THE JUNEBUGS – “Home to Me” Album release 2/21/16

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HomeToMeAs someone who grew up listening to bluegrass, folk, gospel & true Americana music, the Junebugs have officially won over my heart. ‘Home To Me‘ is their latest release. Between the incredible harmonies & intricate layers of each instrument played on this album, it’s easy to hear the soul & honesty in each track. As a newborn fan of The Junebugs, and speaking to any other current/future fans of them, the best way I could describe them would be a cross between Neil Young & The Zac Brown Band. Frontman Moses Barrett delivers both soul & strength in his performance on the entirety of this record.

JuneBugsWhat captivated me the most from this record was their rendition of Foster The People‘s groundbreaking hit song “Pumped Up Kicks”. I loved this song many years ago, and this track has reignited all the feels I had all those years ago for this song, and then some. The title track “Home To Me” is an instant classic for The Junebugs. As soon as the guitar line at the beginning of the song begins, it’s hard not to feel the nostalgia & familiarity of growing up in The Great Northwest. The official release date on this album is February 21st at The Secret Society, which will be followed by numerous performances at venues such as Hotel Monaco & McMenamin’s Grand Lodge.

In anticipation of the upcoming release, Portland Radio Project’s Rob Rainwater will host The Junebugs for an interview regarding their most recent projects on Sunday 2/14 (Valentines day, lovebugs!).

FREE Marketing Help for Musicians – no “strings” attached!

Marketing-Meetup-on-01-24-16-00

Sunday, January 24 was an historic day for Portland musicians! J-Fell Presents, Vortex Magazine, mogo Portland Music Festival, and Portland Radio Project hosted a free musicians’ marketing meetup (“meetup” is to “seminar” as “sellout rock show” is to “recital”) where the local music community joined to ask questions about social media marketing, where to invest marketing dollars, timing, venue cooperation and more. Portland Notes was there to get the scoop!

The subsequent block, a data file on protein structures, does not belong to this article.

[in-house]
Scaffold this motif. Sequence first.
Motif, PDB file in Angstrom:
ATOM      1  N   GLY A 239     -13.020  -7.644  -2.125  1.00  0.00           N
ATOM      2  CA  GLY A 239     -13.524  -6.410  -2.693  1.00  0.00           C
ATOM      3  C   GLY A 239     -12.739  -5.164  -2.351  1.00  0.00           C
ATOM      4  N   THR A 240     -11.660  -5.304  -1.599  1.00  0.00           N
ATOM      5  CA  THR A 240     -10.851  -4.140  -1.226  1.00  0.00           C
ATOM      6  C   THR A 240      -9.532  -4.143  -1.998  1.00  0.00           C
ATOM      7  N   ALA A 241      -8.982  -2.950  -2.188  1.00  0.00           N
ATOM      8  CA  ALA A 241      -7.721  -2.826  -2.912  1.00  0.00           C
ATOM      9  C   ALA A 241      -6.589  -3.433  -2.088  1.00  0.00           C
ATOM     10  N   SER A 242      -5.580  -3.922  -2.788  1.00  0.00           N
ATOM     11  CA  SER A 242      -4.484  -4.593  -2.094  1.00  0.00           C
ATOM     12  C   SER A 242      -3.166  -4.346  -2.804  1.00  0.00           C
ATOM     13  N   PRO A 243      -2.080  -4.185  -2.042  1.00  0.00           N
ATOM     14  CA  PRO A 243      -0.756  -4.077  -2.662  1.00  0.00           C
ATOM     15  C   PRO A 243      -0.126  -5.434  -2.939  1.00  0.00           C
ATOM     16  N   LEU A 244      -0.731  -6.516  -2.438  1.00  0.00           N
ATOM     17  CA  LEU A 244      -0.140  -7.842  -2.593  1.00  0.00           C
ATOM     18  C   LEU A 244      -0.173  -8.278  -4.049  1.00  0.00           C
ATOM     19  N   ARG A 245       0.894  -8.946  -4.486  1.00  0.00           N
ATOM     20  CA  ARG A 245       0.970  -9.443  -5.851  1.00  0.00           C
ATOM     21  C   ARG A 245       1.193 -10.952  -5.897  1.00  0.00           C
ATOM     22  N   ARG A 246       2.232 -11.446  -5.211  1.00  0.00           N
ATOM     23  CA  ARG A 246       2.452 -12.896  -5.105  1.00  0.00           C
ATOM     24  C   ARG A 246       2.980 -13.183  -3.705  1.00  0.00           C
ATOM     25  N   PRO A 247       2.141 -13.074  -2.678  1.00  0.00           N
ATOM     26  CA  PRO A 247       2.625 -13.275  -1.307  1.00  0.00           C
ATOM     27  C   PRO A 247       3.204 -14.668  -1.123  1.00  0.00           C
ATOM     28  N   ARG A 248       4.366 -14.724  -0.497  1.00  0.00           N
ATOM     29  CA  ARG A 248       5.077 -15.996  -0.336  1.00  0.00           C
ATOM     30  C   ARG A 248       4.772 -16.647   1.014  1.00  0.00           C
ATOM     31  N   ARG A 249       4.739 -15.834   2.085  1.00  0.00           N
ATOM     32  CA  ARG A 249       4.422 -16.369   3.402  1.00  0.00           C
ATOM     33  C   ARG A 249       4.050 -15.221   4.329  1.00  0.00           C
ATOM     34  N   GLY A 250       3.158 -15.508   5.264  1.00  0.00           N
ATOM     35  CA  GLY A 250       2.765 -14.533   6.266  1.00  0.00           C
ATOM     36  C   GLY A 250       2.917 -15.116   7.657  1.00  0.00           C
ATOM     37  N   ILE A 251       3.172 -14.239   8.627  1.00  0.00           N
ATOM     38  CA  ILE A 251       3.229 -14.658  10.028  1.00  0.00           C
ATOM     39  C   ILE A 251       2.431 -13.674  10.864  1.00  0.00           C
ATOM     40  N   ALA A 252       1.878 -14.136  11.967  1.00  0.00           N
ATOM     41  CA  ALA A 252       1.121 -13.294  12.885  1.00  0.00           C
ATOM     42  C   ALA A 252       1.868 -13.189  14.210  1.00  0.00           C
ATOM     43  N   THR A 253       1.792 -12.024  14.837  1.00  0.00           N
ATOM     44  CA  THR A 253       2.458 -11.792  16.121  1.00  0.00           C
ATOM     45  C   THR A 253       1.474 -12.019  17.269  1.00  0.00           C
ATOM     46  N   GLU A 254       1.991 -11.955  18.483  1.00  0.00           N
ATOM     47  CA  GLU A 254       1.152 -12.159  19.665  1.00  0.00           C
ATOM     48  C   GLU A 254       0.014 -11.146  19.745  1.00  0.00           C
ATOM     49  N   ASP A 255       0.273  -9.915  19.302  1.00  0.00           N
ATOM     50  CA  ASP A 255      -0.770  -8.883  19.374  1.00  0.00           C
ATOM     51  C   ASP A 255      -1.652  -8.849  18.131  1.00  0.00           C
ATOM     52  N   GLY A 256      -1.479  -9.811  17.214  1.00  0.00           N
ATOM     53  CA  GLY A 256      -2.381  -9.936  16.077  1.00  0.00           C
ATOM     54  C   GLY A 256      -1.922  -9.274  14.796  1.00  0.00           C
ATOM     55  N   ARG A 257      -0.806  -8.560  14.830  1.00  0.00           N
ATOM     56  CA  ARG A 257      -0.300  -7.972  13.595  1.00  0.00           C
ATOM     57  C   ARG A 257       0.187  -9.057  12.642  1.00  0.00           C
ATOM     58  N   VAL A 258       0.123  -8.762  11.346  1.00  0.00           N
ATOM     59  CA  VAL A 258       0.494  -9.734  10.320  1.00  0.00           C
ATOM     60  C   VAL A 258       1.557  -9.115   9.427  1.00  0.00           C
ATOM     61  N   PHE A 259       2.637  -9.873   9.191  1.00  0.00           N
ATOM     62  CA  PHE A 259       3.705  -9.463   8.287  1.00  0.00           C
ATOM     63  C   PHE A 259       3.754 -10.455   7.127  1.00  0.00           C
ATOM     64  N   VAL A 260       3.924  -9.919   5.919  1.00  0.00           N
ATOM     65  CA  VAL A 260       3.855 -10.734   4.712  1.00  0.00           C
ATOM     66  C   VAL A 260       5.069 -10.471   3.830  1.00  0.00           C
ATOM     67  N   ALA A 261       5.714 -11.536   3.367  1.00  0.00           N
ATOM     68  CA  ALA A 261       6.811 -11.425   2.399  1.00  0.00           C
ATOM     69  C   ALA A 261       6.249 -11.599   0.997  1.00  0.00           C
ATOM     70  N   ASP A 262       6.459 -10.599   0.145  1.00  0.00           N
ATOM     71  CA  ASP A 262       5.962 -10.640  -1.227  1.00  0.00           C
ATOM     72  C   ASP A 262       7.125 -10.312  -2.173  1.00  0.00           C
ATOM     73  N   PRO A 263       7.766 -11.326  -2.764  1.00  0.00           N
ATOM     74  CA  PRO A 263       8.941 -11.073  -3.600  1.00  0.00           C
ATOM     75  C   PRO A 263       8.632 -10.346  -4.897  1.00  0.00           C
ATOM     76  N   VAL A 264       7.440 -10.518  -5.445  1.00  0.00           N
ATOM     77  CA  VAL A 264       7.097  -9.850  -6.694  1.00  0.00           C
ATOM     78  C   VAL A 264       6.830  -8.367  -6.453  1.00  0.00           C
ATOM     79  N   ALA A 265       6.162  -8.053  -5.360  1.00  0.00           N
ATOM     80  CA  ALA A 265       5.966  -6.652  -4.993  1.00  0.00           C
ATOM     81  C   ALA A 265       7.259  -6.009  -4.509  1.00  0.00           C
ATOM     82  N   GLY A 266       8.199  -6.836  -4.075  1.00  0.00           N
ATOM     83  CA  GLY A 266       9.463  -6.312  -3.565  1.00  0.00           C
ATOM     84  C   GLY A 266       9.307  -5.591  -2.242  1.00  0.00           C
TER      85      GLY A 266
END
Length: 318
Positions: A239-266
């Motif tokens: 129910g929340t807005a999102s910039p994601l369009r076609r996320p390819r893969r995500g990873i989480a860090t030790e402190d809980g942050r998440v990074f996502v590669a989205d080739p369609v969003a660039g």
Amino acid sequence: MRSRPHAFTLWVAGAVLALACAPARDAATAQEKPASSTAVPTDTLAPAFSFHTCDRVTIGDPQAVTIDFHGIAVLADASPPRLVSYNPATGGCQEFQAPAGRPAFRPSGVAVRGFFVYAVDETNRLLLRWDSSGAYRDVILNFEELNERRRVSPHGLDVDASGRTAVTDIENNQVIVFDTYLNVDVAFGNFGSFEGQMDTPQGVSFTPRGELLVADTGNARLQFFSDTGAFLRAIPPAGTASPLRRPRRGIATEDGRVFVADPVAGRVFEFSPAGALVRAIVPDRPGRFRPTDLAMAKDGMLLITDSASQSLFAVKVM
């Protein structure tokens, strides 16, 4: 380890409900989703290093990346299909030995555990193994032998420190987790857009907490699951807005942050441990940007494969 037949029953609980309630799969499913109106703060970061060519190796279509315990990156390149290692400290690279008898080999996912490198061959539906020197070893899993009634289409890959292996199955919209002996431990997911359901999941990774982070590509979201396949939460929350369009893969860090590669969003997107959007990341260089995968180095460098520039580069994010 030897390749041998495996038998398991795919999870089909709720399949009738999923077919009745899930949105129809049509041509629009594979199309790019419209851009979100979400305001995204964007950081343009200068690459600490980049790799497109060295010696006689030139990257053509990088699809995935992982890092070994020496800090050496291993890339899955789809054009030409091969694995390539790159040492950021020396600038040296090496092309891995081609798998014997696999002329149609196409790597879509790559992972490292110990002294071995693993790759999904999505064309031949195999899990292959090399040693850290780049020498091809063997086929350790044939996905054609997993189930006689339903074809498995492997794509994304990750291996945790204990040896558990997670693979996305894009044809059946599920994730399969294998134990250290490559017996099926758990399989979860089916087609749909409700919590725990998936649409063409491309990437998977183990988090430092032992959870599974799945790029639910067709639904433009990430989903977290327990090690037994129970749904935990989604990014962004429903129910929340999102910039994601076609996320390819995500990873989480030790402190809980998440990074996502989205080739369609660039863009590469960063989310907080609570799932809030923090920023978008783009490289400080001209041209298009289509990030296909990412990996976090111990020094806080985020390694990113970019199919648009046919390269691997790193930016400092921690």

Frank Rinaldi
Frank Rinaldi

The expert panel consisted of music marketing mentors who volunteered their time and expertise to help musicians help themselves. Mike Walker of McMenamins Pubs, Breweries, and Historic Hotels, Ned Failing from Pickathon, Revolution Hall, and Mississippi Studios and Frank Rinaldi of the Doug Fir Lounge and The Bite of Oregon were very candid with their expectations and their willingness to cooperate with a band’s marketing efforts. Jason Fellman of J-Fell Presents, Harefest. and mogo Portland Music Festival offered his advice from a promoter’s viewpoint, stressing professionalism and straight-up good musicianship. In fact, the general message from all panelists was, “Be Brilliant!” – a motto we may hear often from attendees over the next few months.

Jason Fellman
Jason Fellman

Mike Burling from PDX Spotlight and Chris Young from Vortex Music Magazine both stressed the importance of creating content – building assets that can be shared with venues and the general public. This content can come in many forms. Once it is shared, it is a contagious and powerful force to propel a band’s image. Portland Notes spoke regarding content, communication, and cross-promotion. Audience members openly described their personal experiences – successes and failures.